Social media networks can take on many different forms to meet many different demands. One form is the anonymous social network. In 2014, anonymous social media apps emerged such as Secret, Whisper and After School. Such apps quickly gained popularity, as many people seek a level of privacy in our digital age.
The goal of anonymous social media is to bring authentic and safe communication to both public and private social spheres. Anonymous social apps don’t typically require people to create user profiles, and collect very little information about their users. Such apps let people express themselves freely without feeling vulnerable.
Why is anonymity a trend?
According to a 2013 study by the Pew Research Center, 86% of internet users have tried to be anonymous online. These individuals have taken steps to try to mask their behavior or avoid being tracked by advertisers, certain people from their past, employers, hackers, governments (especially after Snowden revealed that “real-name” networks like Facebook had been tracked by the government), and law enforcement.
The most common strategy of hiding from observers is clearing cookies and browser history, and using fake names online. A large number of people have taken even more sophisticated steps, such as encrypting their email or using Virtual Personal Networks (VPNs) or proxy servers that are designed to prevent tracking of online activities.
Needless to say, people want more control over their privacy. Perhaps “anonymous” social networks would encourage the same sort of human connection that Facebook offers, but without the drawback of disclosing your true identity along the way?
In the previous article, I explained how you can build a typical social networking application. This time, however, I’ll talk about anonymous social networking app development.
How do you identify users if they are anonymous?
Key pieces of personal information such as photos and videos, email addresses, birth dates, phone numbers, home addresses, workplaces, and friend lists are non-existent in profiles on anonymous social networks. Sometimes, in fact, there are no profiles at all.
In Whisper, for example, you can’t check anybody’s profile page. What you can do, though, is go to your own profile to see everything you’ve posted and liked. What’s more, you get push notifications on your device whenever somebody likes or replies to your post, which means that the app actually knows what device it should send a notification to even though it didn’t ask you to log in.
We can divide anonymous social networks into two categories – login and non-login apps.
In a previous article I discussed how a database for a social networking app stores a user entity with the following possible attributes: user_id (email), username, first name, last name; I also discussed how a database defines relationships between entities. Any interaction that happens in the app is linked to a certain user.
In some anonymous social networks, such as Whisper, the user isn’t required to log in, so we can’t get their name or email. To track anonymous users, we can generate a unique user_id or a token, that can be associated solely with a user’s device. This means that if a user accesses the app from another device, the app will generate another token and create a new entity in the database. A user_id and posts that are associated with it are stored on a backend, so when somebody likes a post or replies to it, we can send a push notification to the device that is linked to that user_id. What’s more, we can access its location information for generating “nearby” feeds.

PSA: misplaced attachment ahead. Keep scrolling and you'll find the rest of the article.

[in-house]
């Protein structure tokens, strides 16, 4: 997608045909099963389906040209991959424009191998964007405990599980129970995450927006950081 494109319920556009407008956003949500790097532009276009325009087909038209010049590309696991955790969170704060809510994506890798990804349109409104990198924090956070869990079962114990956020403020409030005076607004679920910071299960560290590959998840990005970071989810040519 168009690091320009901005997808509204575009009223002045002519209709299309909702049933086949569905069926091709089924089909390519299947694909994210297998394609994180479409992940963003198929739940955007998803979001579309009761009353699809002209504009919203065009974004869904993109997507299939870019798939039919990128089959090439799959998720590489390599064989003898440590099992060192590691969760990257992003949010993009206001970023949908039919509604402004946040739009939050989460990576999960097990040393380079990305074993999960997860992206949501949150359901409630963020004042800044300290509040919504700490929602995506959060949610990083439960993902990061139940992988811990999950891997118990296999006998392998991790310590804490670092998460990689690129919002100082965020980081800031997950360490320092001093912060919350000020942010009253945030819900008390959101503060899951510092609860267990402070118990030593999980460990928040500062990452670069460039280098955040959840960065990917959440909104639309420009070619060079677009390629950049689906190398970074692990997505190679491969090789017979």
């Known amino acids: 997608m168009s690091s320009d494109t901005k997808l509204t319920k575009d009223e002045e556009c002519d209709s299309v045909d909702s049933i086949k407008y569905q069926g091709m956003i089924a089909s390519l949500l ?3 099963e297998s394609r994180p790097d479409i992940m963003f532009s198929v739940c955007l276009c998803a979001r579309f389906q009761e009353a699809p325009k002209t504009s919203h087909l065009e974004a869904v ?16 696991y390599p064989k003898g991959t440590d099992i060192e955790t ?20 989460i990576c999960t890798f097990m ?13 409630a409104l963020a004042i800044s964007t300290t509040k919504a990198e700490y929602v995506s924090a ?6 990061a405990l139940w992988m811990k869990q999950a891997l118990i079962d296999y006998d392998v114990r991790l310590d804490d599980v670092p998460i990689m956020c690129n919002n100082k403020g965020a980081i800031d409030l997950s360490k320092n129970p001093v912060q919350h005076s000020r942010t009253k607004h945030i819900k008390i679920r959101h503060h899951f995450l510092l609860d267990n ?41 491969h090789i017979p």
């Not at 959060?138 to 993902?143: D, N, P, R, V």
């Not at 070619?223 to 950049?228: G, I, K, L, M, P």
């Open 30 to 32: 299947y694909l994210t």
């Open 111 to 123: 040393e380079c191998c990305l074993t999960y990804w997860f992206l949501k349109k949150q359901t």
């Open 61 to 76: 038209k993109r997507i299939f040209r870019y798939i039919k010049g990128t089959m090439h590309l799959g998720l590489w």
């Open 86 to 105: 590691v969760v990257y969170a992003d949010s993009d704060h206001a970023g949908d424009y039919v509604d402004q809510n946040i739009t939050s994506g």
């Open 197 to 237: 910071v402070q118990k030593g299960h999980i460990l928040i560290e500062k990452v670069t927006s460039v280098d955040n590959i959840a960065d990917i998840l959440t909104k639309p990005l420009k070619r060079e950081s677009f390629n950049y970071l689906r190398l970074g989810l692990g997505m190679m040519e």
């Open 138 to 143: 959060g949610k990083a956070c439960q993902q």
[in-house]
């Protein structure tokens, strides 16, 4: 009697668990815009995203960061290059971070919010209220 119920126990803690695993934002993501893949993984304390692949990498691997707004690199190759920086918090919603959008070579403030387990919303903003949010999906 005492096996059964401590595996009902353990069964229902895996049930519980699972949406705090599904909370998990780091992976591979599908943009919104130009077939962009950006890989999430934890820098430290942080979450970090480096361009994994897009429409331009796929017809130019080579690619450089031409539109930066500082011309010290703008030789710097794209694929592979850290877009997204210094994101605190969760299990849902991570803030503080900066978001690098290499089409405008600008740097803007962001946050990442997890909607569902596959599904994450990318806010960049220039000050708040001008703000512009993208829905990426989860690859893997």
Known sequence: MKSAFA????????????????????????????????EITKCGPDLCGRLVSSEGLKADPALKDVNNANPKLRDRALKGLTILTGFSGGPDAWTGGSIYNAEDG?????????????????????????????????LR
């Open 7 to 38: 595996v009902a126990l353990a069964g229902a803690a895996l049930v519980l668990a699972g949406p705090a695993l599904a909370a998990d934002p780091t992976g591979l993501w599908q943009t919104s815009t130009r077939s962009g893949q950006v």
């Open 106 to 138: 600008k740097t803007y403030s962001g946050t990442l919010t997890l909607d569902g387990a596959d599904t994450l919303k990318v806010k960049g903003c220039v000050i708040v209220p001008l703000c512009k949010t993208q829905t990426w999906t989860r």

Some years ago, iOS developers used a unique device identifier (UDID) as a sort of "anonymized" token. However, in 2013, Apple stopped accepting iPhone and iPad apps that collect UDID. The reason for this decision was because of security concerns.
There are quite a lot of anonymous social networks that actually require users to log in. In the Cloaq app, users enter in a password and get assigned an @id number. The numbers will start at @alpha1 and go through @alpha999 before moving on to @beta1 and @beta9999.
Other apps may ask you to enter a random username with a password, or quite often, your phone number. Anonymous social app developers use your phone number to show you the posts created by your friends, thus making you far more willing to spend time in the app.
When the Secret app just launched, we became quite obsessed with it here at Yalantis. I remember I even asked somebody who wasn’t in my address book for their phone number so I could see more secrets posted in the app. Although the obsession was rather short-lived, it was a lot of fun to use Secret.
How do you create both public and anonymous profiles?
￼￼￼￼￼￼￼￼￼￼￼￼￼￼￼￼￼￼￼￼￼￼￼￼￼￼Some social apps have both public and anonymous profiles. This is exactly what one of our projects, a social network for cities called Plaza, offers its users. In this app a user may switch between two absolutely different profiles from the settings without any need to log out and then log back in with proper credentials. There are several ways to implement this in code.
[Public and anonymous profiles in the Plaza app, designed and developed by Yalantis. Check it out on Dribbble]
One way is to create two independent classes for every profile and throw a token of the session and other attributes to the other class when a user switches a profile. However, this implementation creates a mess in the database due to the lack of dependencies between classes.
Alternatively, we could create one super class with a set of fields for both users (e.g. name, anonymousName, avatar, anonymousAvatar). But in this case, every network request would transmit all information about a user including his or her anonymous personality, which contradicts the notion of “anonymity.”
We chose the most secure implementation. In Plaza, every user account has a set of “characters” attached to it (just like in RPG games). Each character is absolutely independent and doesn’t know about the existence of others. There is no way to get the data about all the characters unless you know the username and password. This approach isn’t only secure, it’s also quite scalable, which means we can add more characters to a user account without any problem.
Most anonymous social networks let users chat with other members privately. Messages can be encrypted or unencrypted, and can be saved on a user’s device or on a backend.